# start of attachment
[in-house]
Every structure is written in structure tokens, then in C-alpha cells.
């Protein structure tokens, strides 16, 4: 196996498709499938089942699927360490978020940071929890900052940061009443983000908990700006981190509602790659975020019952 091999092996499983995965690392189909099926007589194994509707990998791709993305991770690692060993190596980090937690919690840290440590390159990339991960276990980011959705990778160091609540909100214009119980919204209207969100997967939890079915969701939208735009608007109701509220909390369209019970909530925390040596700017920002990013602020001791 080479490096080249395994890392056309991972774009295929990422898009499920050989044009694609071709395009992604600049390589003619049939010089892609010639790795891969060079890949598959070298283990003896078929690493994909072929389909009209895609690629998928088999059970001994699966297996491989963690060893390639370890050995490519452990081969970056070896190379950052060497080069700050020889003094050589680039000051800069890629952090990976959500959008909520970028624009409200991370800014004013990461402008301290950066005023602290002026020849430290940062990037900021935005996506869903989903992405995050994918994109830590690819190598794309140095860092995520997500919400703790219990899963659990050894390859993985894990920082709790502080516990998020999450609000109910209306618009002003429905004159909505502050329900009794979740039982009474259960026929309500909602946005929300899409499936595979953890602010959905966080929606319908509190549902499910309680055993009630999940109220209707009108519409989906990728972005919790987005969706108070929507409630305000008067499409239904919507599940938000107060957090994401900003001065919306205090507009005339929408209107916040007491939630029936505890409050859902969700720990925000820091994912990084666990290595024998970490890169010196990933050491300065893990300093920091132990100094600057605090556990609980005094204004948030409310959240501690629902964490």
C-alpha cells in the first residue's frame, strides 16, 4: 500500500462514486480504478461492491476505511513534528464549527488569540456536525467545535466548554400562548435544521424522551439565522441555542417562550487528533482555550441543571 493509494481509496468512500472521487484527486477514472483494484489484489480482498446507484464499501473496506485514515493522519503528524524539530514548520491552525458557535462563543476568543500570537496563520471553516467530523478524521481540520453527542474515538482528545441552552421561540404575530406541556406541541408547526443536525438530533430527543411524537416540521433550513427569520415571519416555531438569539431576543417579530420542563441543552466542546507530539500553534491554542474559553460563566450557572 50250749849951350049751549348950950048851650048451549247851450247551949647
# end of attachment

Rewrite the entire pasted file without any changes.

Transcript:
[in-house]
Every structure is written in structure tokens, then in C-alpha cells.
């Protein structure tokens, strides 16, 4: 196996498709499938089942699927360490978020940071929890900052940061009443983000908990700006981190509602790659975020019952 091999092996499983995965690392189909099926007589194994509707990998791709993305991770690692060993190596980090937690919690840290440590390159990339991960276990980011959705990778160091609540909100214009119980919204209207969100997967939890079915969701939208735009608007109701509220909390369209019970909530925390040596700017920002990013602020001791 080479490096080249395994890392056309991972774009295929990422898009499920050989044009694609071709395009992604600049390589003619049939010089892609010639790795891969060079890949598959070298283990003896078929690493994909072929389909009209895609690629998928088999059970001994699966297996491989963690060893390639370890050995490519452990081969970056070896190379950052060497080069700050020889003094050589680039000051800069890629952090990976959500959008909520970028624009409200991370800014004013990461402008301290950066005023602290002026020849430290940062990037900021935005996506869903989903992405995050994918994109830590690819190598794309140095860092995520997500919400703790219990899963659990050894390859993985894990920082709790502080516990998020999450609000109910209306618009002003429905004159909505502050329900009794979740039982009474259960026929309500909602946005929300899409499936595979953890602010959905966080929606319908509190549902499910309680055993009630999940109220209707009108519409989906990728972005919790987005969706108070929507409630305000008067499409239904919507599940938000107060957090994401900003001065919306205090507009005339929408209107916040007491939630029936505890409050859902969700720990925000820091994912990084666990290595024998970490890169010196990933050491300065893990300093920091132990100094600057605090556990609980005094204004948030409310959240501690629902964490």
C-alpha cells in the first residue's frame, strides 16, 4: 500500500462514486480504478461492491476505511513534528464549527488569540456536525467545535466548554400562548435544521424522551439565522441555542417562550487528533482555550441543571 493509494481509496468512500472521487484527486477514472483494484489484489480482498446507484464499501473496506485514515493522519503528524524539530514548520491552525458557535462563543476568543500570537496563520471553516467530523478524521481540520453527542474515538482528545441552552421561540404575530406541556406541541408547526443536525438530533430527543411524537416540521433550513427569520415571519416555531438569539431576543417579530420542563441543552466542546507530539500553534491554542474559553460563566450557572 50250749849951350049751549348950950048851650048451549247851450247551949647